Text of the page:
2008/11 – Ballarat Central (Victoria) – E.coli, Lead, Hardness

Ballarat Central (Victoria): E.coli
25 June 2010: Ballarat Central Customer Tap. E. coli – 1 orgs/100mL.Further resampling and site investigation. No E. coli detected in resamples. Informed DH of initial and
resample results. (Central Highlands Water Annual Drinking Water Quality Report 2009-10)
3 June2011: Ballarat Central Customer Tap. E. coli – 1 orgs/100mL. Site investigation and locality resamples collected. Confirmed disinfectant levels and conducted flushing at location. Checked for burst mains and assessed operation of meter backflow device. Sample point maintenance conducted and sampling methodology reviewed. Informed DH of initial and resample results. Decision to relocate sample point to a more appropriate location to minimise interferences during sampling processes. (Central Highlands Water Annual Drinking Water Quality Report 2010-11)
Gram-negative, non-spore-forming, rod-shaped bacteria that are capable of aerobic and facultative anaerobic growth in the presence of bile salts or other surface active agents with similar growth-inhibiting properties. They are found in large numbers in the faeces of humans and other warm-blooded animals, but many species also occur in the environment.

Thermotolerant coliforms are a sub-group of coliforms that are able to grow at 44.5 ± 0.2°C. E. coli is the most common thermotolerant coliform present in faeces and is regarded as the most specific indicator of recent faecal contamination because generally it is not capable of growth in the environment. In contrast, some other thermotolerant coliforms (including strains of Klebsiella, Citrobacter and Enterobacter) are able to grow in the environment and their presence is not necessarily related to faecal contamination. While tests for thermotolerant coliforms can be simpler than for E. coli, E. coli is considered a superior indicator for detecting faecal contamination…” ADWG 2011

Ballarat Central  (Victoria) – Lead

2008/9: Ballarat Central (Victoria) – Lead 0.012mg/L (Highest Detection)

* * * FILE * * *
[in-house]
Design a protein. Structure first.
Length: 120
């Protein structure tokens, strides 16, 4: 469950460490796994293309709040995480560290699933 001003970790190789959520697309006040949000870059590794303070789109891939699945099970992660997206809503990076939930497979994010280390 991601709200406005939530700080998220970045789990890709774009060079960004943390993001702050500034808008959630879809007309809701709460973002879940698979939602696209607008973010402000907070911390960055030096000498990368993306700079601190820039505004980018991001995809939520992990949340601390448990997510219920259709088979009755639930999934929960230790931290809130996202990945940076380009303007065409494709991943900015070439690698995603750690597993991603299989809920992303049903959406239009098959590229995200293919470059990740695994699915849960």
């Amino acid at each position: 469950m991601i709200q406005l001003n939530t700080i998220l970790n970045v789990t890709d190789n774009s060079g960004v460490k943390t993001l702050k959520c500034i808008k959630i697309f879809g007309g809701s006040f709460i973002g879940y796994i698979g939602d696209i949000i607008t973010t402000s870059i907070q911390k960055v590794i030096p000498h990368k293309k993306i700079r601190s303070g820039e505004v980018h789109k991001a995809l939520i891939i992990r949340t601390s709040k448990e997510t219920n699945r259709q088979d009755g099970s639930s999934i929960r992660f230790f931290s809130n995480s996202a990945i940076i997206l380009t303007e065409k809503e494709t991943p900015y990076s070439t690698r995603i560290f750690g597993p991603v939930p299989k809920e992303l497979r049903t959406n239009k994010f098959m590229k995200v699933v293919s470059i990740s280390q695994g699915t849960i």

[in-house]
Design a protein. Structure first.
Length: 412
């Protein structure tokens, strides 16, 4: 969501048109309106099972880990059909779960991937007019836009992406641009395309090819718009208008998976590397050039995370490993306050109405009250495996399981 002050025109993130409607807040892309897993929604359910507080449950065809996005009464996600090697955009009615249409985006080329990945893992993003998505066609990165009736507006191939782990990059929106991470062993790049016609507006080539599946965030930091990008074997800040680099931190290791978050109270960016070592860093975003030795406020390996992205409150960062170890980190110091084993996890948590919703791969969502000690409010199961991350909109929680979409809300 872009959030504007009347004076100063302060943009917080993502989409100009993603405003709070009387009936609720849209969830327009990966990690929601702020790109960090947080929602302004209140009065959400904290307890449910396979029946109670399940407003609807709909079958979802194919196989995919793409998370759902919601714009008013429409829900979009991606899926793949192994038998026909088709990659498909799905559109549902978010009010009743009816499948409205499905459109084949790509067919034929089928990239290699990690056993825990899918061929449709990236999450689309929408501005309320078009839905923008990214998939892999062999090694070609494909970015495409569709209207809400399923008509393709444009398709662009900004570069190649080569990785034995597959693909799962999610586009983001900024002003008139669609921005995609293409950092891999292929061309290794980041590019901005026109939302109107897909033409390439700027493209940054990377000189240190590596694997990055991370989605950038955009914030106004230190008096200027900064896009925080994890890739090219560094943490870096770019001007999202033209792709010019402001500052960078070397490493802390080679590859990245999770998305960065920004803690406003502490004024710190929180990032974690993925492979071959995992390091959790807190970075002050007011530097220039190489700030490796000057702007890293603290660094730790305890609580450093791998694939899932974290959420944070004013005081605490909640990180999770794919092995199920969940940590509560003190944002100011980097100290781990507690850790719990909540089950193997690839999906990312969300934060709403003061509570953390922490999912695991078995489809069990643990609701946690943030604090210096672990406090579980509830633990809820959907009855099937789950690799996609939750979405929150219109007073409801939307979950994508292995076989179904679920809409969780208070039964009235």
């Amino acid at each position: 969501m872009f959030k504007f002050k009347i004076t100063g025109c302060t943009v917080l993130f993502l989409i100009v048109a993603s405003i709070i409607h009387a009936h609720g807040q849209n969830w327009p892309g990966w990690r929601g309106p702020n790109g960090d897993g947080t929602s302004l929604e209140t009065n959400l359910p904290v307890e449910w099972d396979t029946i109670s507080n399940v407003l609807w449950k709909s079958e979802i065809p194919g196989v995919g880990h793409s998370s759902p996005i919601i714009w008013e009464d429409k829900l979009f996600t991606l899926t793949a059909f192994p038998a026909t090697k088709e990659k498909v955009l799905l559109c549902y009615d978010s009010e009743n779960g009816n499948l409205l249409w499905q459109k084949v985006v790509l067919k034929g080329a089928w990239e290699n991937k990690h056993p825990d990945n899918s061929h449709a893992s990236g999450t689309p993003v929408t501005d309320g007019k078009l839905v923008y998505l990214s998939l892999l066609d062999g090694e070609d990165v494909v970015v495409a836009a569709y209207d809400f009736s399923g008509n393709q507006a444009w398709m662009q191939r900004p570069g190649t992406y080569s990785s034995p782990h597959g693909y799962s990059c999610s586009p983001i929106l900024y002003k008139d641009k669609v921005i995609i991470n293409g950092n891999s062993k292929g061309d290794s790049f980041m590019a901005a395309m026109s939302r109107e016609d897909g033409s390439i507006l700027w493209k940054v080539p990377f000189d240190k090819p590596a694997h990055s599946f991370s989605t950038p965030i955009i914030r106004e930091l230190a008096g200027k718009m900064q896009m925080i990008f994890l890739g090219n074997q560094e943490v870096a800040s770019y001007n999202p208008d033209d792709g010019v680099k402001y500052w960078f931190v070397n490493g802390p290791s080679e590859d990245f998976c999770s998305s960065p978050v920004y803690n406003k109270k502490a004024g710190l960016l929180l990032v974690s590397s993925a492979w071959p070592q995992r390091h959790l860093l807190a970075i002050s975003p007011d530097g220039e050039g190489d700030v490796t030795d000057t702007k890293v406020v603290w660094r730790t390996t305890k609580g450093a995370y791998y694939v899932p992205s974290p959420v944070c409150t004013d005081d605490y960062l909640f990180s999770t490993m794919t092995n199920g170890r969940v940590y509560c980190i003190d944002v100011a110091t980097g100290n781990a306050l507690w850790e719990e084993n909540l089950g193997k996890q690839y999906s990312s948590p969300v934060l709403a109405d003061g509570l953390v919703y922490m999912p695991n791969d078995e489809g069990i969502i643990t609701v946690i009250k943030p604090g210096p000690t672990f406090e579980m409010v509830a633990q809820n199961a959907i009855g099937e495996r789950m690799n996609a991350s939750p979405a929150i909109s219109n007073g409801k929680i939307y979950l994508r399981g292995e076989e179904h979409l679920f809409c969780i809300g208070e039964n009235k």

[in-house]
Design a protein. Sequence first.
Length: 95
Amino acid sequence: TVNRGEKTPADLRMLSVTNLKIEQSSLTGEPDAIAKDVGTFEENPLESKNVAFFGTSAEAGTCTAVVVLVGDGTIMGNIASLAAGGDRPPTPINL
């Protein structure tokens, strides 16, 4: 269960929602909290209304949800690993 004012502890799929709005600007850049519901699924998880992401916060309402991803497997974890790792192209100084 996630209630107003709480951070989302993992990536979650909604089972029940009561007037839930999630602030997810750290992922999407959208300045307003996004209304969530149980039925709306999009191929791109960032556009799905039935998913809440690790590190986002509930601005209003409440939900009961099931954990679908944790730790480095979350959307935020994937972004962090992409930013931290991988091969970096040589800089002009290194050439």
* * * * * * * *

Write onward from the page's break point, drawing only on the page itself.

Lead Australian Drinking Water Guideline 0.01mg/L

“… Lead can be present in drinking water as a result of dissolution from natural sources, or from household plumbing systems containing lead. These may include lead in pipes, or in solder used to seal joints. The amount of lead dissolved will depend on a number of factors including pH, water hardness and the standing time of the water.

Lead is the most common of the heavy metals and is mined widely throughout the world. It is used in the production of lead acid batteries, solder, alloys, cable sheathing, paint pigments, rust inhibitors, ammunition, glazes and plastic stabilisers. The organo-lead compounds tetramethyl and tetraethyl lead are used extensively as anti-knock and lubricating compounds in gasoline…

Ballarat Central – Victoria – Hardness

2008/09: Ballarat Central (Victoria) – Hardness 210mg/L (Highest Detection Only)


“To minimise undesirable build‑up of scale in hot water systems, total hardness (as calcium
carbonate) in drinking water should not exceed 200 mg/L.

Hard water requires more soap than soft water to obtain a lather. It can also cause scale to form on hot water pipes and fittings. Hardness is caused primarily by the presence of calcium and magnesium ions, although other cations such as strontium, iron, manganese and barium can also contribute.”

Australian Drinking Water Guidelines 2011